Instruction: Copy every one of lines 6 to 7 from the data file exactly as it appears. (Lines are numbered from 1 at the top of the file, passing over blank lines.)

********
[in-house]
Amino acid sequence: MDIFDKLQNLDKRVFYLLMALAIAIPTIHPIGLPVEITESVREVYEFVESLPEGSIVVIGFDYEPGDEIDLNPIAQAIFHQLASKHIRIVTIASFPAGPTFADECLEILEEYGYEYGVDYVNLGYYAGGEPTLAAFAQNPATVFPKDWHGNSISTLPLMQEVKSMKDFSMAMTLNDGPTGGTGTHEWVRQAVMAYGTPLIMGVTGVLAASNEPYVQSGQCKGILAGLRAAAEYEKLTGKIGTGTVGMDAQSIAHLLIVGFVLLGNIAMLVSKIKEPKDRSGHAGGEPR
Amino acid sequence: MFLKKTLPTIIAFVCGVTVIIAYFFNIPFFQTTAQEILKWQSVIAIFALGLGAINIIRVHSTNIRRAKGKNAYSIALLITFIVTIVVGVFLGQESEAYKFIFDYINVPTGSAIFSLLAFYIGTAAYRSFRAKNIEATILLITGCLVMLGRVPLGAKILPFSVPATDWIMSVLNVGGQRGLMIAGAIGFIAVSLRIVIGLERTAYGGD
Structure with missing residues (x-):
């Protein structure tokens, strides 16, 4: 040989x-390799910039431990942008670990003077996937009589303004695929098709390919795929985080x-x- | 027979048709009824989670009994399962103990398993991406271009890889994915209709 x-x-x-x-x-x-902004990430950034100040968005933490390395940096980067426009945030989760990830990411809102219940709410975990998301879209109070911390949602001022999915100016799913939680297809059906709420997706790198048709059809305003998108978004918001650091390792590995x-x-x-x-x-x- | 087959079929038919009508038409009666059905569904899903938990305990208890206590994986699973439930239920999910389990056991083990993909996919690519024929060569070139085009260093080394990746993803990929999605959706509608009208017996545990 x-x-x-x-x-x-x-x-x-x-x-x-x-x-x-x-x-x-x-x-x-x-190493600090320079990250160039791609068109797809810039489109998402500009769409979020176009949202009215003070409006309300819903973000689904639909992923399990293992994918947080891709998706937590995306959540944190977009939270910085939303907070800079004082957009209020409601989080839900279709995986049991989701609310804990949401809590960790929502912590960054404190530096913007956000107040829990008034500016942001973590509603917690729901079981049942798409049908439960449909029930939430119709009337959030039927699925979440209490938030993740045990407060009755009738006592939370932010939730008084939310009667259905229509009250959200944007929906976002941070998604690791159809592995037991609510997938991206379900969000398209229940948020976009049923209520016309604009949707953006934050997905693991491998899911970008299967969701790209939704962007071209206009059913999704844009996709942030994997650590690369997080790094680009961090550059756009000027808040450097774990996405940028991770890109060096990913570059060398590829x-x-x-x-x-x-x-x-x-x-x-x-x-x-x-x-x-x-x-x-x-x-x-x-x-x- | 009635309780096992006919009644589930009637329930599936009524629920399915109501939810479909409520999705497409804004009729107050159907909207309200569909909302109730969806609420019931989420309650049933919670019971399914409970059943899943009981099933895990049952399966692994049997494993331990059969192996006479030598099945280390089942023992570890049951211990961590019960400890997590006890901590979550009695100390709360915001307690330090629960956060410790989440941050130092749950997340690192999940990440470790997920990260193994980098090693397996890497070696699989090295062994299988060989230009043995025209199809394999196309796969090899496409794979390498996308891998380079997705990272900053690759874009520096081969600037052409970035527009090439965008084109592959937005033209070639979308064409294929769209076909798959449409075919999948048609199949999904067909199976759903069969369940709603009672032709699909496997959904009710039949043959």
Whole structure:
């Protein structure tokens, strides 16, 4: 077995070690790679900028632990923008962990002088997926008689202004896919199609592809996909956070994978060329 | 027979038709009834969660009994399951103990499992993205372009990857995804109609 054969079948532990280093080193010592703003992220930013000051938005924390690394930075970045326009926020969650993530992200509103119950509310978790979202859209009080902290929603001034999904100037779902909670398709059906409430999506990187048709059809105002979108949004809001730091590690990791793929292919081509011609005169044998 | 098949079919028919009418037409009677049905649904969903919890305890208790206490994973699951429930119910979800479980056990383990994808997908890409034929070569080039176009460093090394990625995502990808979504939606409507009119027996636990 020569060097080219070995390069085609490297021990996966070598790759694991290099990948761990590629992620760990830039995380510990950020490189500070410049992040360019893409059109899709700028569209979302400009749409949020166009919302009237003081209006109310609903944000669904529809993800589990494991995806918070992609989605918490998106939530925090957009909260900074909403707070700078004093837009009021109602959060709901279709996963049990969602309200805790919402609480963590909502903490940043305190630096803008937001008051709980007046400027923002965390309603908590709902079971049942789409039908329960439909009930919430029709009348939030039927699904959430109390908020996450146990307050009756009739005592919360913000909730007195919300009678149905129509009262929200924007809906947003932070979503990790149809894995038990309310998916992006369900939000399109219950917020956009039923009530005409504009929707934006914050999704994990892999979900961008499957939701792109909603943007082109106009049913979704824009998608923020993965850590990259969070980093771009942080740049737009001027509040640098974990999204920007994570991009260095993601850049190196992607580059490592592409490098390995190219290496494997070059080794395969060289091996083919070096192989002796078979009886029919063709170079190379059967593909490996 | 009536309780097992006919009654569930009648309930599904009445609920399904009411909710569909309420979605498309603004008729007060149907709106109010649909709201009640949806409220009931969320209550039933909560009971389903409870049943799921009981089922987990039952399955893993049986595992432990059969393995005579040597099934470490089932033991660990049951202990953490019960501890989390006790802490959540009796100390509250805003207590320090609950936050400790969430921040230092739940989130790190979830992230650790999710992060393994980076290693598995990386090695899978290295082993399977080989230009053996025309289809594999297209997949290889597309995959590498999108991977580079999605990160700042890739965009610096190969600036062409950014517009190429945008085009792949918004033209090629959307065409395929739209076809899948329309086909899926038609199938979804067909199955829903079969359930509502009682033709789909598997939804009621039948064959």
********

Whole structure:
């Protein structure tokens, strides 16, 4: 077995070690790679900028632990923008962990002088997926008689202004896919199609592809996909956070994978060329 | 027979038709009834969660009994399951103990499992993205372009990857995804109609 054969079948532990280093080193010592703003992220930013000051938005924390690394930075970045326009926020969650993530992200509103119950509310978790979202859209009080902290929603001034999904100037779902909670398709059906409430999506990187048709059809105002979108949004809001730091590690990791793929292919081509011609005169044998 | 098949079919028919009418037409009677049905649904969903919890305890208790206490994973699951429930119910979800479980056990383990994808997908890409034929070569080039176009460093090394990625995502990808979504939606409507009119027996636990 020569060097080219070995390069085609490297021990996966070598790759694991290099990948761990590629992620760990830039995380510990950020490189500070410049992040360019893409059109899709700028569209979302400009749409949020166009919302009237003081209006109310609903944000669904529809993800589990494991995806918070992609989605918490998106939530925090957009909260900074909403707070700078004093837009009021109602959060709901279709996963049990969602309200805790919402609480963590909502903490940043305190630096803008937001008051709980007046400027923002965390309603908590709902079971049942789409039908329960439909009930919430029709009348939030039927699904959430109390908020996450146990307050009756009739005592919360913000909730007195919300009678149905129509009262929200924007809906947003932070979503990790149809894995038990309310998916992006369900939000399109219950917020956009039923009530005409504009929707934006914050999704994990892999979900961008499957939701792109909603943007082109106009049913979704824009998608923020993965850590990259969070980093771009942080740049737009001027509040640098974990999204920007994570991009260095993601850049190196992607580059490592592409490098390995190219290496494997070059080794395969060289091996083919070096192989002796078979009886029919063709170079190379059967593909490996 | 009536309780097992006919009654569930009648309930599904009445609920399904009411909710569909309420979605498309603004008729007060149907709106109010649909709201009640949806409220009931969320209550039933909560009971389903409870049943799921009981089922987990039952399955893993049986595992432990059969393995005579040597099934470490089932033991660990049951202990953490019960501890989390006790802490959540009796100390509250805003207590320090609950936050400790969430921040230092739940989130790190979830992230650790999710992060393994980076290693598995990386090695899978290295082993399977080989230009053996025309289809594999297209997949290889597309995959590498999108991977580079999605990160700042890739965009610096190969600036062409950014517009190429945008085009792949918004033209090629959307065409395929739209076809899948329309086909899926038609199938979804067909199955829903079969359930509502009682033709789909598997939804009621039948064959």